Friday May 21, 2004 Homily by Fr. Robert Altier   Sixth Week of Easter

 

Reading (Acts 18:9-18)   Gospel (St. John 16:20-23)

 

We see in the readings today the manner in which people who follow the Lord are going to have to deal with things. We see, for instance, Saint Paul, whom God has told that he will not be harmed in that particular city; and yet, at the same time, we hear immediately thereafter that he is dragged into court and they are accusing him of a variety of different things. We also see Our Lord telling us that there will be grief. The grief will be turned into joy, but, in the meantime, there will be grieving. So, in both of these instances, we see that the way we are going to have to live our lives is with some difficulty.

 

Now anybody who has tried to live their life in a good, Christian manner knows fully well that is exactly what happens, that people do not understand, that there is grief. The devil, of course, is fighting against you and he gets his minions to fight against you. The worst part is that the devil even manages to stir up people who you expect to be your friends, and they are the ones who turn against you. That is the most painful of all. The people who are in opposition to your faith and to everything you are trying to do, you expect that you are going to get some grief from them. But the people from within are the ones that you do not expect, and they are the ones who hurt the most – people who you thought were your friends, people who you thought might be on the same page, or at least people who were in the same boat with you, others who were claiming to be Christian.

 

We can look right in Scripture and we see that there were disagreements between Saint Peter and Saint Paul. We see that there were disagreements between Mark and Paul. We see that there were disagreements between Barnabas and Paul. There were all kinds of problems even among the early Christians. So even though we are told in Scripture that they were of one heart and one mind, they were still human and they still had all the human problems.

 

These are the things that all of us have to deal with. There are going to be times when we are going to feel rejected. There are going to be times when we are feeling crushed. There are going to be times when we are just simply not accepted or understood or whatever the case might be. Part of it is that we simply have to learn to accept and to be at peace. Those become part of the means by which God makes us saints. It is the way that He purifies us. It is the way that He is going to test our fidelity to Him. Are we going to continue on even when on the natural level it looks like we should give up? When do we get to the point where we say, “I’ve had enough; I just want to be like everyone else”?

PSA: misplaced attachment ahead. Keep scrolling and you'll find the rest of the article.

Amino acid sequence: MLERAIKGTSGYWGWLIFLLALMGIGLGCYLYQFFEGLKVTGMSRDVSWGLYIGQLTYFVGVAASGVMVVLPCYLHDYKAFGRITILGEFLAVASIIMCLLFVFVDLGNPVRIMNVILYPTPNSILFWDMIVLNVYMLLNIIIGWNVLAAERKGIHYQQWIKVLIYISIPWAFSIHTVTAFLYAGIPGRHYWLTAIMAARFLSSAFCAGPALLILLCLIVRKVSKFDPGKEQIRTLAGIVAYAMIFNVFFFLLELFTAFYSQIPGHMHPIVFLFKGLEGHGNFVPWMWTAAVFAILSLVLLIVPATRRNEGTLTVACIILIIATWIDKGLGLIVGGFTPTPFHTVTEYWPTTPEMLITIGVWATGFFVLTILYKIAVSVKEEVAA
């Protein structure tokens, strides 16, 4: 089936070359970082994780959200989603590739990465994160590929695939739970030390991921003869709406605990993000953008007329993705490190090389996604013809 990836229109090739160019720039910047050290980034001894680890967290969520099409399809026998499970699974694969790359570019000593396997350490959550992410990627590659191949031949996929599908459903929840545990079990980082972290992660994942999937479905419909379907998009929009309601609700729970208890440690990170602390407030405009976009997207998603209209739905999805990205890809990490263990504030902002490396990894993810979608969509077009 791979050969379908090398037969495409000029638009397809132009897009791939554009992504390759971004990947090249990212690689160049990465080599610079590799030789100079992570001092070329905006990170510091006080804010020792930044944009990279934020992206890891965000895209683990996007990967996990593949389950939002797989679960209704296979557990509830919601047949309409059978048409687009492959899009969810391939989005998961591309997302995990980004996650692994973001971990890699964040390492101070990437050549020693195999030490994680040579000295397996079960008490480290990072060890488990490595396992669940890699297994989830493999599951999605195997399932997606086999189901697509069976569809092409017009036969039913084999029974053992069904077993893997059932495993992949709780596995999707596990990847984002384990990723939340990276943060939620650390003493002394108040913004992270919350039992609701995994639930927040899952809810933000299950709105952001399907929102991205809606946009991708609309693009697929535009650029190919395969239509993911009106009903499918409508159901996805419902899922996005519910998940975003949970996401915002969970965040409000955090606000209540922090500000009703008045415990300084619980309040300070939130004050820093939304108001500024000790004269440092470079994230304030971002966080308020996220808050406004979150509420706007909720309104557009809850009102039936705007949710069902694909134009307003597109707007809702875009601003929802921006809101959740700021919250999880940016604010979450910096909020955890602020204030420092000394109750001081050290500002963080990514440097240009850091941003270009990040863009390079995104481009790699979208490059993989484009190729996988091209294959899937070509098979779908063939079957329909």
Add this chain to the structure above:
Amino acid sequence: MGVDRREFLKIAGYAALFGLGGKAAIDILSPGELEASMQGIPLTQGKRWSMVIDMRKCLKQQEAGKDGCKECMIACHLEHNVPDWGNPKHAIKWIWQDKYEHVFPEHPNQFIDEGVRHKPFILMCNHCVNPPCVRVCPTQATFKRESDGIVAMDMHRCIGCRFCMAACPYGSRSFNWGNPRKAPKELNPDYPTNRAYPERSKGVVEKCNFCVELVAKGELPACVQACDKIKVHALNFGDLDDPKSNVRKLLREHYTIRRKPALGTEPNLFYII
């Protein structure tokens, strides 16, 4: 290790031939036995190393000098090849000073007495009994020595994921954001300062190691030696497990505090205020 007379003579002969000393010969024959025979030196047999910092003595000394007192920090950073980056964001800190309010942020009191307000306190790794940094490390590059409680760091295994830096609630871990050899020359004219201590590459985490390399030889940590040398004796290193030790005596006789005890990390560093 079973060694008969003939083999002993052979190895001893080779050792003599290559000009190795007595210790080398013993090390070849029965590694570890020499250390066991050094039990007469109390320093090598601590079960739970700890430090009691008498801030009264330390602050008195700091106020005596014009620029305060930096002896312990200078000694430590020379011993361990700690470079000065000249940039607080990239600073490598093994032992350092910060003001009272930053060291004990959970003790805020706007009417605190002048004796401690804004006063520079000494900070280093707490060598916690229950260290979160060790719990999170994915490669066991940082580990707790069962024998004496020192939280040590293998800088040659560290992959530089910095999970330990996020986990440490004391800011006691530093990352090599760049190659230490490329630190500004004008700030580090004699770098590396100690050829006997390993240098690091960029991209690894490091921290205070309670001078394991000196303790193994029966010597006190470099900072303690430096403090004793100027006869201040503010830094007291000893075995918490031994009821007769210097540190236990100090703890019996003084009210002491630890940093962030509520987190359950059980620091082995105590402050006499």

When we simply look around at people that we know who have tried to live their faith in the way that they should, they do that for a little while and then they come to that exact point of saying, “You know what? I just want to be like everyone else.” Well, how often has that happened in the lives of people we know? It is not that they become bad people; they do not. They continue to go to Mass on Sunday. They continue to live a moral life; they are not in the state of mortal sin. They have just decided that being more worldly is the easier way to go. And there are hundreds of thousands, if not many more than that even, who want to call themselves Catholic who are doing exactly that.

 

The Lord is asking for us to unite ourselves with Him – to not be like the worldly ones – and to pay the price if that is what it is going to require. That is not an easy thing for us to do. But as we do that, we will find that we will be alone with Jesus. And when we are alone with the Lord, we are going to have a joy that no one can take from us. The grief that we feel from being rejected and ridiculed will indeed turn into joy – a deep and profound joy – when we find that the fidelity we have to Our Lord and to living the life that He has called us to live will find a great reward, a reward even in this life of union with Christ; and, of course, the greatest reward is in the next. But even now in this life, as we proceed through all the sufferings and trials, even that grief turns to joy in this world because as we share in the Lord’s passion so we share in His glory. And when we are united with Christ, that is the joy Our Lord speaks of, the joy that will be ours, the joy of which no one will ever be able to rob us.

 

*  This text was transcribed from the audio recording of a homily by Father Robert Altier with minimal editing.